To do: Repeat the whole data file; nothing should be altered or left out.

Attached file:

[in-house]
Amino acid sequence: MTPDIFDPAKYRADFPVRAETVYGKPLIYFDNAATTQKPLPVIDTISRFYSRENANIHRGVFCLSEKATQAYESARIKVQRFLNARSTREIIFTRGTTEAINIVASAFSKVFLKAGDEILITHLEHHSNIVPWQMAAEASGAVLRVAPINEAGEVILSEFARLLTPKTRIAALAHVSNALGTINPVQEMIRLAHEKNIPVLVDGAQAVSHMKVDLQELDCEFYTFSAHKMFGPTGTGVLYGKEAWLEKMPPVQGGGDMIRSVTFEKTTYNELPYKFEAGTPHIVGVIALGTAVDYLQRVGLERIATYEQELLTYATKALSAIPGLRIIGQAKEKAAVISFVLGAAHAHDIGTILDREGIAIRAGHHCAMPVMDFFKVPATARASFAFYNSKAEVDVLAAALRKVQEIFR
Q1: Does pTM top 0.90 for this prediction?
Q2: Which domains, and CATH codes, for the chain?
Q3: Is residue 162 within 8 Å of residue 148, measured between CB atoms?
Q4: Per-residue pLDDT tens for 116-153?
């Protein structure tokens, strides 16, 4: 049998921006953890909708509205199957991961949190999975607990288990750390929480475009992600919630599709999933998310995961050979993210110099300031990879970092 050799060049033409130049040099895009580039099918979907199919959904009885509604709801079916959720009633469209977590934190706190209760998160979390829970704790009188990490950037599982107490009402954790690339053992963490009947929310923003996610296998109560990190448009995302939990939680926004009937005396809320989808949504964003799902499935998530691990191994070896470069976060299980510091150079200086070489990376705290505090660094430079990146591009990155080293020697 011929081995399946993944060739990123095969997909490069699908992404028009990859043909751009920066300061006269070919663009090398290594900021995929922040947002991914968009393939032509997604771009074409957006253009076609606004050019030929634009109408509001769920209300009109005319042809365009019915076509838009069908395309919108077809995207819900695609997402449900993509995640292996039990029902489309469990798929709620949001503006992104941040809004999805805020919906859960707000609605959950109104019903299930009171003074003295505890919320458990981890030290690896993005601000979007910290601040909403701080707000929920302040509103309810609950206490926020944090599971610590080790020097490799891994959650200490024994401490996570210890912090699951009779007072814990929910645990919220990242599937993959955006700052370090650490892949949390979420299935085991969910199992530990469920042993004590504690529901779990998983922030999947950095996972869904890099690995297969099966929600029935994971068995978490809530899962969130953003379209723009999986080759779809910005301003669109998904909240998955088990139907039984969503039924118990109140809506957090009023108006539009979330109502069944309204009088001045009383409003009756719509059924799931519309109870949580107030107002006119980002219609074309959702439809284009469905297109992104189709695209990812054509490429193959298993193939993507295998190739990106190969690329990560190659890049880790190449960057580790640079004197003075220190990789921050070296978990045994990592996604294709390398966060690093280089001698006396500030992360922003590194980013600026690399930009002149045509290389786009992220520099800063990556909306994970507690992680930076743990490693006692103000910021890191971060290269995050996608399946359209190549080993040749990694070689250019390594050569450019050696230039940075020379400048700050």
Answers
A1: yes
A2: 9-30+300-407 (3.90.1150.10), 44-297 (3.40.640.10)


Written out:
[in-house]
Amino acid sequence: MTPDIFDPAKYRADFPVRAETVYGKPLIYFDNAATTQKPLPVIDTISRFYSRENANIHRGVFCLSEKATQAYESARIKVQRFLNARSTREIIFTRGTTEAINIVASAFSKVFLKAGDEILITHLEHHSNIVPWQMAAEASGAVLRVAPINEAGEVILSEFARLLTPKTRIAALAHVSNALGTINPVQEMIRLAHEKNIPVLVDGAQAVSHMKVDLQELDCEFYTFSAHKMFGPTGTGVLYGKEAWLEKMPPVQGGGDMIRSVTFEKTTYNELPYKFEAGTPHIVGVIALGTAVDYLQRVGLERIATYEQELLTYATKALSAIPGLRIIGQAKEKAAVISFVLGAAHAHDIGTILDREGIAIRAGHHCAMPVMDFFKVPATARASFAFYNSKAEVDVLAAALRKVQEIFR
Q1: Does pTM top 0.90 for this prediction?
Q2: Which domains, and CATH codes, for the chain?
Q3: Is residue 162 within 8 Å of residue 148, measured between CB atoms?
Q4: Per-residue pLDDT tens for 116-153?
């Protein structure tokens, strides 16, 4: 049998921006953890909708509205199957991961949190999975607990288990750390929480475009992600919630599709999933998310995961050979993210110099300031990879970092 050799060049033409130049040099895009580039099918979907199919959904009885509604709801079916959720009633469209977590934190706190209760998160979390829970704790009188990490950037599982107490009402954790690339053992963490009947929310923003996610296998109560990190448009995302939990939680926004009937005396809320989808949504964003799902499935998530691990191994070896470069976060299980510091150079200086070489990376705290505090660094430079990146591009990155080293020697 011929081995399946993944060739990123095969997909490069699908992404028009990859043909751009920066300061006269070919663009090398290594900021995929922040947002991914968009393939032509997604771009074409957006253009076609606004050019030929634009109408509001769920209300009109005319042809365009019915076509838009069908395309919108077809995207819900695609997402449900993509995640292996039990029902489309469990798929709620949001503006992104941040809004999805805020919906859960707000609605959950109104019903299930009171003074003295505890919320458990981890030290690896993005601000979007910290601040909403701080707000929920302040509103309810609950206490926020944090599971610590080790020097490799891994959650200490024994401490996570210890912090699951009779007072814990929910645990919220990242599937993959955006700052370090650490892949949390979420299935085991969910199992530990469920042993004590504690529901779990998983922030999947950095996972869904890099690995297969099966929600029935994971068995978490809530899962969130953003379209723009999986080759779809910005301003669109998904909240998955088990139907039984969503039924118990109140809506957090009023108006539009979330109502069944309204009088001045009383409003009756719509059924799931519309109870949580107030107002006119980002219609074309959702439809284009469905297109992104189709695209990812054509490429193959298993193939993507295998190739990106190969690329990560190659890049880790190449960057580790640079004197003075220190990789921050070296978990045994990592996604294709390398966060690093280089001698006396500030992360922003590194980013600026690399930009002149045509290389786009992220520099800063990556909306994970507690992680930076743990490693006692103000910021890191971060290269995050996608399946359209190549080993040749990694070689250019390594050569450019050696230039940075020379400048700050």
Answers
A1: yes
A2: 9-30+300-407 (3.90.1150.10), 44-297 (3.40.640.10)